In 2020, Andrew Forrest astounded Fortescue Metals Group stakeholders at the iron ore miner’s yearly general meeting with the newsflash that the firm he established was to emerge as a renewable energy powerhouse.
Dr Forrest then addressed Paraguay, one of the several nations he visited to recognize potential solar, hydropower, and wind projects.
Fortescue Future Industries, a subsidiary of Fortescue Metals Group
On 9th November 2021 (Tuesday) afternoon, the stakeholders reunited at the Hyatt Hotel in East Perth adjacent to the Fortescue Metals Group head office. Mini lamingtons and antiquated finger sandwiches powered them before they received a message about Fortescue Metals Group’s systematic modern agenda to deal with climate change.
For this endeavour to commence, the Chief Executive of Fortescue Metals Group – Elizabeth Gaines reassessed the 2021 record production of iron ore, expansion blueprints, and progression on several metrics. The product that made Fortescue Metals Group a yearly profit of AUD 14 billion (USD 10.3 billion) was rarely brought to attention for the remainder of the meeting.
Dr Forrest smiled in to address the gathering from the COP26 climate summit in Glasgow. In one year, he has shifted from scouring far-flung corners of the world for green energy projects to endorsing them at the congregation of the world’s most powerful personalities.
Dr Forrest commenced his speech deliverance with a salutation to the heart-rending death of a Fortescue Metals Group worker, David Armstrong, owing to a mine accident in September 2021.
Before elaborating on the topic of renewable energy, Dr Forrest updated stakeholders about the Minderoo Foundation he established almost a decade ago with his spouse, Nicola. The Minderoo Foundation is financed with AUD 2.5 billion (USD 1.84 billion) of their Fortescue Metals Group surpluses.
Dr Forrest stated that the firm was dealing with some of the most pressing problems on the planet like community bushfires, slavery, indigenous inequality, and flood resilience.
Another Minderoo Foundation target is plastic pollution, which is notorious for its genocidal effects on wildlife and its long-time effect on the environment owing to its degraded form.
In the symposium, Dr Forrest indicated that he would not deal with climate change via philanthropy but utilize the industrial strength of commerce through Fortescue Future Industries (FFI), a Fortescue Metals Group green energy subsidiary.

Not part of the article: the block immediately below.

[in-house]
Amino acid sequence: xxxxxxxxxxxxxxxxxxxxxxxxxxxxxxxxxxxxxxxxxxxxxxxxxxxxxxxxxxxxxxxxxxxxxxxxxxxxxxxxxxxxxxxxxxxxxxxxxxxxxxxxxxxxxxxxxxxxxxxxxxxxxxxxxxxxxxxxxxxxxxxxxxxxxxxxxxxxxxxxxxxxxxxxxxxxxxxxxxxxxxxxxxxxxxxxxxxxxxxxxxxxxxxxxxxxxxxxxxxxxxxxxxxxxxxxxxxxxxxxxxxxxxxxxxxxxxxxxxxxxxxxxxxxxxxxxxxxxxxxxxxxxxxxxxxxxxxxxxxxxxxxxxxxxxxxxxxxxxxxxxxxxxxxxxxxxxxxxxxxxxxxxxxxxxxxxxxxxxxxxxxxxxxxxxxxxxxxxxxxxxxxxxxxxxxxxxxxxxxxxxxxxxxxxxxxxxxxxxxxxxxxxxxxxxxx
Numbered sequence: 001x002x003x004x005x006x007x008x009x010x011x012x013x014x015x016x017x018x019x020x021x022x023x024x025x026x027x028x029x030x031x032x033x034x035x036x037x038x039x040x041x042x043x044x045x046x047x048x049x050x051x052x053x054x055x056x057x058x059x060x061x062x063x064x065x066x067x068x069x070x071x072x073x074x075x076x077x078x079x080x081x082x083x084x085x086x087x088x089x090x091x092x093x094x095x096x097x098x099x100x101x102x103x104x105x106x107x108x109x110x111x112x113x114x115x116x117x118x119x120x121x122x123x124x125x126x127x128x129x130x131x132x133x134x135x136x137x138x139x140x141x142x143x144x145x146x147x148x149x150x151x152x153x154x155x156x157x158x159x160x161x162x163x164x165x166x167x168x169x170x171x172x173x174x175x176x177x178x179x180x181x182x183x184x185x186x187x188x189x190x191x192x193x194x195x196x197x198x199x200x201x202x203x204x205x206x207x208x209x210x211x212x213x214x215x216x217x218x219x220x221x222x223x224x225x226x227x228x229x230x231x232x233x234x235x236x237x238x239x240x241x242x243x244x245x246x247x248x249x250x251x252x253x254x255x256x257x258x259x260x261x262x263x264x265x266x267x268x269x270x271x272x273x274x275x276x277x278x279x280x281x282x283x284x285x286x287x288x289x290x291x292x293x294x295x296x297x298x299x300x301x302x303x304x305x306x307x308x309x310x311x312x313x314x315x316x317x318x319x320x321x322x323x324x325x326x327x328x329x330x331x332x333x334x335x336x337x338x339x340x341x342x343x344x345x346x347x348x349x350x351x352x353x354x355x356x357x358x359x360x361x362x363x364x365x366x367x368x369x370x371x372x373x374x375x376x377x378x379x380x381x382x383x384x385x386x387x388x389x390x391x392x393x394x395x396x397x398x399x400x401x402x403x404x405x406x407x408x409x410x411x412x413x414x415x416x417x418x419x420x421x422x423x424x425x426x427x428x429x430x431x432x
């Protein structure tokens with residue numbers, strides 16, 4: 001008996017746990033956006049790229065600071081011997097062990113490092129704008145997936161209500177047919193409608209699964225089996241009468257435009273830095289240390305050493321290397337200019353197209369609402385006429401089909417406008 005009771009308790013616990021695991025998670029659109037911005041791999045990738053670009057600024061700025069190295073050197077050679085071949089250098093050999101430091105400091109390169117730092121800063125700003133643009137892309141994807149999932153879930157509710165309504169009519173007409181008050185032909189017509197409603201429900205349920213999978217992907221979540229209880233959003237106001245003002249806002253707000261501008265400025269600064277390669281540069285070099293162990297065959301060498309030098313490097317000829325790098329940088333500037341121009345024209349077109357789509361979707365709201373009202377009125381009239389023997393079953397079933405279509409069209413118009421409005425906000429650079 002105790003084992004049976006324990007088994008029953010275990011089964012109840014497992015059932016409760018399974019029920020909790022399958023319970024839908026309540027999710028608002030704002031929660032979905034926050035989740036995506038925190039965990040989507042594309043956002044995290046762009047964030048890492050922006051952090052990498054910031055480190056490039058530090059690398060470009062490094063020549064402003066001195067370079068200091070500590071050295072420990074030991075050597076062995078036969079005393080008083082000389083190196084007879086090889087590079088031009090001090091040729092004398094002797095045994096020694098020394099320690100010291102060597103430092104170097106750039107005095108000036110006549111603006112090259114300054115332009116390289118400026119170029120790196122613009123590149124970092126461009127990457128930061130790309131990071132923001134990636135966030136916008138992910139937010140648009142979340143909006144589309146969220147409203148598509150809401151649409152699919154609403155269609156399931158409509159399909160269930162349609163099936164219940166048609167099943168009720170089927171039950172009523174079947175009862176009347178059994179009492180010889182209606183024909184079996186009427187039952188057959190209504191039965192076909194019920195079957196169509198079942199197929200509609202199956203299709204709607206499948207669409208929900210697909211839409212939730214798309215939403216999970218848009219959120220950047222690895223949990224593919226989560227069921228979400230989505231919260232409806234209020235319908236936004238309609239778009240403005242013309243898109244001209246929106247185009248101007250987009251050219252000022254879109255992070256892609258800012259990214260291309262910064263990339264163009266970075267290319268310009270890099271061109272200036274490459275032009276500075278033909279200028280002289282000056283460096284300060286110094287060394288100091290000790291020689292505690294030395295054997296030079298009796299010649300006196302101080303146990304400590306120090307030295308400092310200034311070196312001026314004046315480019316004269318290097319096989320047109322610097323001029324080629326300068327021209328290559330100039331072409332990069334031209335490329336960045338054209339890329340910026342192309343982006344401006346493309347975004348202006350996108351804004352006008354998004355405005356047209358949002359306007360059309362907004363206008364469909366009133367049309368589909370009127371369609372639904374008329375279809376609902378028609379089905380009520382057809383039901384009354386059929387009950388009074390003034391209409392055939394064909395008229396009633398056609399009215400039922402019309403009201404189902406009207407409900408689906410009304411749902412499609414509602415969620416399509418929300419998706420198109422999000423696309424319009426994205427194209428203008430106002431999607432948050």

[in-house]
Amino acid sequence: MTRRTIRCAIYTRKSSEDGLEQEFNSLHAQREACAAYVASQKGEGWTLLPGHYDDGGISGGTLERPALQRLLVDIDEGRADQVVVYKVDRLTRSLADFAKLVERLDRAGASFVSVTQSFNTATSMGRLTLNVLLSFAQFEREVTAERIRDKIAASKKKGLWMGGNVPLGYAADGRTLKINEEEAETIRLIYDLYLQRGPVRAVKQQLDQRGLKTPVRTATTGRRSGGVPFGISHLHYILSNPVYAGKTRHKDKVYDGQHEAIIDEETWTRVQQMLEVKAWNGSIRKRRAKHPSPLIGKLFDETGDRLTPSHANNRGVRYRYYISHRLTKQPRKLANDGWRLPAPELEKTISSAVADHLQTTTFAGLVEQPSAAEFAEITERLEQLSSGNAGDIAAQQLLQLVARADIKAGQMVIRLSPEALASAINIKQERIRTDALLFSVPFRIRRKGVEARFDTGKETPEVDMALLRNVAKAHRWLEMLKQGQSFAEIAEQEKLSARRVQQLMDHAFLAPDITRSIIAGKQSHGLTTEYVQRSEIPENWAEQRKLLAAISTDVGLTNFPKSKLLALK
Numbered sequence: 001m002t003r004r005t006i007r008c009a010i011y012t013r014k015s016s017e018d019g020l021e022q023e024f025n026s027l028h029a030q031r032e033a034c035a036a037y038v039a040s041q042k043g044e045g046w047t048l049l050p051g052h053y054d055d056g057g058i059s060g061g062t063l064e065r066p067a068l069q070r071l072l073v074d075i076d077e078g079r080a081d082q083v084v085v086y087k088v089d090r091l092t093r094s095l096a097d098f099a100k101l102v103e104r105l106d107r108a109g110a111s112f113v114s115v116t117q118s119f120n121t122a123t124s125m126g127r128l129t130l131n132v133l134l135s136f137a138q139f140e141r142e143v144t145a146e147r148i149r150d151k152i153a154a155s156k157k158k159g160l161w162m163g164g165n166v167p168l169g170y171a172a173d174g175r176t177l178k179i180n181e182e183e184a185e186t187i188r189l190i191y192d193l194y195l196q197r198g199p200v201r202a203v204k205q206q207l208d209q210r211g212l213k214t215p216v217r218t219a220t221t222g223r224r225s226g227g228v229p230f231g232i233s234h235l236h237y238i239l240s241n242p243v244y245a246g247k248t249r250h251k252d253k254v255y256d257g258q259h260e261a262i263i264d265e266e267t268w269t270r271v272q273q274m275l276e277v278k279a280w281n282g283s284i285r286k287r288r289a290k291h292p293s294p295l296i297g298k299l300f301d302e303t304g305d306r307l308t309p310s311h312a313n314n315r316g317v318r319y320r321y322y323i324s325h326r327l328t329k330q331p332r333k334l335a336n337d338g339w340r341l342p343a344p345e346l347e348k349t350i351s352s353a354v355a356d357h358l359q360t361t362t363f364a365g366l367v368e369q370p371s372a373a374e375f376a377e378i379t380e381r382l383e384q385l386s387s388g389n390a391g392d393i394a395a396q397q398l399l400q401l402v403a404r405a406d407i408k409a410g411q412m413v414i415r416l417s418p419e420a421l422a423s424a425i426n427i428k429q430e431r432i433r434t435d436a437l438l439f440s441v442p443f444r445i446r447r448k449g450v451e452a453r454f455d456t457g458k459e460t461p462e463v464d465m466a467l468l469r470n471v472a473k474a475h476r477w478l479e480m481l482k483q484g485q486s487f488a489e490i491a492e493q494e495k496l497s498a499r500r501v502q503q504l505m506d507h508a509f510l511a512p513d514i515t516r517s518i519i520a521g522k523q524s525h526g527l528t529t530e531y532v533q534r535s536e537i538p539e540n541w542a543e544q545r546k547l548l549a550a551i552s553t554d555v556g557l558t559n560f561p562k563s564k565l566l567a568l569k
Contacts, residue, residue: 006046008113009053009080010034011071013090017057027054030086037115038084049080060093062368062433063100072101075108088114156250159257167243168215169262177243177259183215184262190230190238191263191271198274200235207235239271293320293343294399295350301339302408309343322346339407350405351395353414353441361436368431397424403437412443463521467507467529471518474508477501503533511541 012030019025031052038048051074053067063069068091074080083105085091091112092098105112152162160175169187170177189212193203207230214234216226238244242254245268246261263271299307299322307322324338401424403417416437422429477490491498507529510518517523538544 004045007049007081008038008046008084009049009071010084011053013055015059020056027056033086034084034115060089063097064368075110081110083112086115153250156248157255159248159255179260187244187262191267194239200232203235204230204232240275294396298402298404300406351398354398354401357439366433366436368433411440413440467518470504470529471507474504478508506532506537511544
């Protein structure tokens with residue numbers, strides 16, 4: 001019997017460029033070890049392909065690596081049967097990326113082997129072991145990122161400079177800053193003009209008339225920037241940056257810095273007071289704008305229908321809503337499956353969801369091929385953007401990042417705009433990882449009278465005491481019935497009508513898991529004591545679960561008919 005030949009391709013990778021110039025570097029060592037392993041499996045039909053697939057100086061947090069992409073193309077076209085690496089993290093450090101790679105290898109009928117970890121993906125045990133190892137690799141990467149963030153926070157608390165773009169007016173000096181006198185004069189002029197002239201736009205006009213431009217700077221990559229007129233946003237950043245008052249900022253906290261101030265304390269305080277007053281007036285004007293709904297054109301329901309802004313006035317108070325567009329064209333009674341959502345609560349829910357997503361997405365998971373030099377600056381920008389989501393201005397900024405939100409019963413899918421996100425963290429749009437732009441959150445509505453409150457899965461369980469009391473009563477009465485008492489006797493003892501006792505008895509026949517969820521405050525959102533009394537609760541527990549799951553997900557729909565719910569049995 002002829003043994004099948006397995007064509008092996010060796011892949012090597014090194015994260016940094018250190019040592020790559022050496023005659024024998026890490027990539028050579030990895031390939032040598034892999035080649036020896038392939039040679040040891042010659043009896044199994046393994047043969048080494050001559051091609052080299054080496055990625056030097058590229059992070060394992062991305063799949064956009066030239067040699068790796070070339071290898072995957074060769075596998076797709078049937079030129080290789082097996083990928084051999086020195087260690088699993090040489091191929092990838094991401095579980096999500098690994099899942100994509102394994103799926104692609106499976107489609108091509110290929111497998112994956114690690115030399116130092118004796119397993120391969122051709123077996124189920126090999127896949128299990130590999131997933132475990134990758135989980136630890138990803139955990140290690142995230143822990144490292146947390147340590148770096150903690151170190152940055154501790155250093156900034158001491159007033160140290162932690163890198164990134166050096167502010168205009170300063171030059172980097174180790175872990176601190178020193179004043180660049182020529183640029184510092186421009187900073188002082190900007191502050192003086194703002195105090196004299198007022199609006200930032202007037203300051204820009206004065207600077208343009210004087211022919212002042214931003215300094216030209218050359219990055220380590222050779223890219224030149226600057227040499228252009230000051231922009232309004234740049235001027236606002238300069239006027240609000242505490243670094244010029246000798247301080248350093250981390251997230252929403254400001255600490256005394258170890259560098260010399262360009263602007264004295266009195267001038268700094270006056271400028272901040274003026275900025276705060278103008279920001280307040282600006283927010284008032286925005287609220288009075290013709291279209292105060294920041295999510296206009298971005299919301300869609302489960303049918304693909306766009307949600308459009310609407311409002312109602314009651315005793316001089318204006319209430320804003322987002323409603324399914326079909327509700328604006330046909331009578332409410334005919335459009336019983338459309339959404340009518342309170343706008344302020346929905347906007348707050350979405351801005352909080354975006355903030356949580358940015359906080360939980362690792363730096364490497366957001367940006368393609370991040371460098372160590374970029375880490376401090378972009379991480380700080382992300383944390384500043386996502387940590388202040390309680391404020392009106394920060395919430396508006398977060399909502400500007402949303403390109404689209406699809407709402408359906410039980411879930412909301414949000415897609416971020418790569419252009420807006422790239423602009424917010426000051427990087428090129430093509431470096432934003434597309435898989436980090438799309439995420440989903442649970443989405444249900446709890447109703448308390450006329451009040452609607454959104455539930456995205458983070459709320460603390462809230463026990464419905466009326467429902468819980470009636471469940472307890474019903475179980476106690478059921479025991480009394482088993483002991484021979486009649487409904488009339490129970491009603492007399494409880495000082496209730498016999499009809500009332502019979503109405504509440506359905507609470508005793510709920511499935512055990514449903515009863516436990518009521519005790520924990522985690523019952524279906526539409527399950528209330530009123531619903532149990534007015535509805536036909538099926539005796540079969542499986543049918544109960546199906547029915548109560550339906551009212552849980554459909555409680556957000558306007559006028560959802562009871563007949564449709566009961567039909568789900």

Dr Forrest stated that the firm had set out to evaluate the hypothesis of whether there was sufficient renewable energy to effectively and wholly substitute the fossil fuel sector. He said that Fortescue Future Industries was seeking to initiate large scale renewable energy and hydrogen projects in Canada, the USA, Africa, Europe, Central Asia, the Middle East, Latin America, Australia, and Asia.
Fortescue Future Industries has estimated an investment of more than USD 130 trillion, announced in the COP26 Symposium in Glasgow alone.
Fortescue Future Industries declared in October 2021 that it would fabricate the electrolyzers needed to retrieve hydrogen in Gladstone, Queensland. Dr Forrest elaborated that electrolyzer manufacturing was archaic until the firm made pronouncements to automate it.
Unlike recent periodical results, where Fortescue Metals Group was speckled with queries from investment analysts about its energy wing, there were few cross-examinations on Tuesday from retail stockholders.
Len Roy, an Australian Shareholders Association representative, stated that Fortescue Metals Group‘s apportionment of 10% of its profits to clean energy was remarkable, and only intreated that the activities of the new-fangled venture were reported similarly to the Fortescue Metals Group mining.
Mr Roy stated that the Australian Shareholders Association conceded the global sustainability drive needs enhanced investments in technologies.
Dr Forrest showcased a video, to his stakeholders in the COP26 summit, that was etched with a Tom Petty song. The song ironically concluded by saying, ‘Working on a mystery, going wherever it leads, I’m running down a dream.’